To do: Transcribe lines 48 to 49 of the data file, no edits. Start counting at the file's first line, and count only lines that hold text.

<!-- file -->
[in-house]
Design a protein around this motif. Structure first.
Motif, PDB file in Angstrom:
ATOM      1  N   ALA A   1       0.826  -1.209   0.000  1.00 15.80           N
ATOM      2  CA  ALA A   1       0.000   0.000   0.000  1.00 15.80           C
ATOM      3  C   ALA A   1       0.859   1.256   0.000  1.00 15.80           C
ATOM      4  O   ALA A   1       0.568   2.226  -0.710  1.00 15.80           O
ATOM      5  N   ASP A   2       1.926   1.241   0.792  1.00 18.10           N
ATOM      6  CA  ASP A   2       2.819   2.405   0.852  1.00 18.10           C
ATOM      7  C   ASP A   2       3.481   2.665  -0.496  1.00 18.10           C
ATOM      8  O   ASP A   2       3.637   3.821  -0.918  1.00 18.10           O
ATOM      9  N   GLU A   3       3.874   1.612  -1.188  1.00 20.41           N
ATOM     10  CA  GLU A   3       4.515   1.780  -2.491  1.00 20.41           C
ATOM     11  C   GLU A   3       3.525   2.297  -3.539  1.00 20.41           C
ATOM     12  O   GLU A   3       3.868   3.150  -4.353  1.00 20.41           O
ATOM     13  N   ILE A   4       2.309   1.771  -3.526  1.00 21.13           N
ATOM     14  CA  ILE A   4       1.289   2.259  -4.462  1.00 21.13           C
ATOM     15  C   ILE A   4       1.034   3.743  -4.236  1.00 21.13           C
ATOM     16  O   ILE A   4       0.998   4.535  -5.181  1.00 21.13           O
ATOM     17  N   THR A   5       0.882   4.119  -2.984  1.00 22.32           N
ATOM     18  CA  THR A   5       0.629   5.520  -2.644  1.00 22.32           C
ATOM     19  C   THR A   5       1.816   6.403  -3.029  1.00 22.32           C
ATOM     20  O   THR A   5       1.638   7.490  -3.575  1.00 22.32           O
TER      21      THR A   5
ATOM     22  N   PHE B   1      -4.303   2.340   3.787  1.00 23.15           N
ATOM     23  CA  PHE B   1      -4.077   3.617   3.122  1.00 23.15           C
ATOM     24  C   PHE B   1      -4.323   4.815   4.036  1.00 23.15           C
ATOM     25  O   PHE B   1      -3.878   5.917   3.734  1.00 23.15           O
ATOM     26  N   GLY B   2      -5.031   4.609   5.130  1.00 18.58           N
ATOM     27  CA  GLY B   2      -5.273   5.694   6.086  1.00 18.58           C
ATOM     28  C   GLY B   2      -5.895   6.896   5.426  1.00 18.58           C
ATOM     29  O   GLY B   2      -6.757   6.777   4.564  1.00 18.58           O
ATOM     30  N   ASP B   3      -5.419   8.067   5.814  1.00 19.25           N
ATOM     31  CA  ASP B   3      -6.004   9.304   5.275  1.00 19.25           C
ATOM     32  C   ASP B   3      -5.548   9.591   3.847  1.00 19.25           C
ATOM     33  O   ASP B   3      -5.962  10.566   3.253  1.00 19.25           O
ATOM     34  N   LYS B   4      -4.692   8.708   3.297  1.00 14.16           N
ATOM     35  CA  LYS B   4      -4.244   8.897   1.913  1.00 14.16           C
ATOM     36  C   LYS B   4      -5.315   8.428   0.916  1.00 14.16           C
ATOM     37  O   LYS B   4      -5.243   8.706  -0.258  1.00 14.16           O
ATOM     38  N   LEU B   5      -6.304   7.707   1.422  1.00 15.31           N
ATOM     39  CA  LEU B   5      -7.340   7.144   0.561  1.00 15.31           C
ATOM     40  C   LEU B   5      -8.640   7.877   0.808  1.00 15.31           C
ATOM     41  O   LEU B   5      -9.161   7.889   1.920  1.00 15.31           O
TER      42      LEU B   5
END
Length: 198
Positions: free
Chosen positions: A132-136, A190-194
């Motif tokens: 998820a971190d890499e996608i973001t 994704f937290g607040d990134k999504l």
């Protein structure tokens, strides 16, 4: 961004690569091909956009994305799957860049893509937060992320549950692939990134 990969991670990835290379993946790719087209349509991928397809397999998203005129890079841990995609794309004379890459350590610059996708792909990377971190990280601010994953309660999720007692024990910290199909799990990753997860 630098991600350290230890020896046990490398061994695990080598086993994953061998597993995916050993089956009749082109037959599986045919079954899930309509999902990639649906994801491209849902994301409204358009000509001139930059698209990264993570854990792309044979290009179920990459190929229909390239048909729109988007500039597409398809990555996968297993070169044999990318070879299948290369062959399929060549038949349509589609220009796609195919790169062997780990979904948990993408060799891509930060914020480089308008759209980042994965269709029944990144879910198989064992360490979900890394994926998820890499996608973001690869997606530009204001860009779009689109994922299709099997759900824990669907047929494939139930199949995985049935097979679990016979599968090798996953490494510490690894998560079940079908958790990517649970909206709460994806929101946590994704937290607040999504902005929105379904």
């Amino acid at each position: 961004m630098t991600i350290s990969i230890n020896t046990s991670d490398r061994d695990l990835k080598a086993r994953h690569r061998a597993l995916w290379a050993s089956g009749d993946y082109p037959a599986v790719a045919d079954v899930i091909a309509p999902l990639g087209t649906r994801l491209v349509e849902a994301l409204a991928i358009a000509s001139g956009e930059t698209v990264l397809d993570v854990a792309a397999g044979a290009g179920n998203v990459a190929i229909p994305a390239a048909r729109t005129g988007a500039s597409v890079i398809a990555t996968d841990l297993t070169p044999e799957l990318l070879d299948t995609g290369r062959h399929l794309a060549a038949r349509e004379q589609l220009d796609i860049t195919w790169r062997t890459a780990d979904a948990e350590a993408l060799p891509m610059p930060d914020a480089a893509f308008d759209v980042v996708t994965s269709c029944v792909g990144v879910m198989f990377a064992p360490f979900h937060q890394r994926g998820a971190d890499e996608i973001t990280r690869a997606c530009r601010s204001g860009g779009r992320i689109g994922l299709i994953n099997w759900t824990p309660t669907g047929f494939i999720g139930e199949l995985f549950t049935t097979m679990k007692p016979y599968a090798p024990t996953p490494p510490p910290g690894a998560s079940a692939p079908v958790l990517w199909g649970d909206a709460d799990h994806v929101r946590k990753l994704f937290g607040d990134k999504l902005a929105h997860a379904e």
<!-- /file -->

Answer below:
Positions: free
Chosen positions: A132-136, A190-194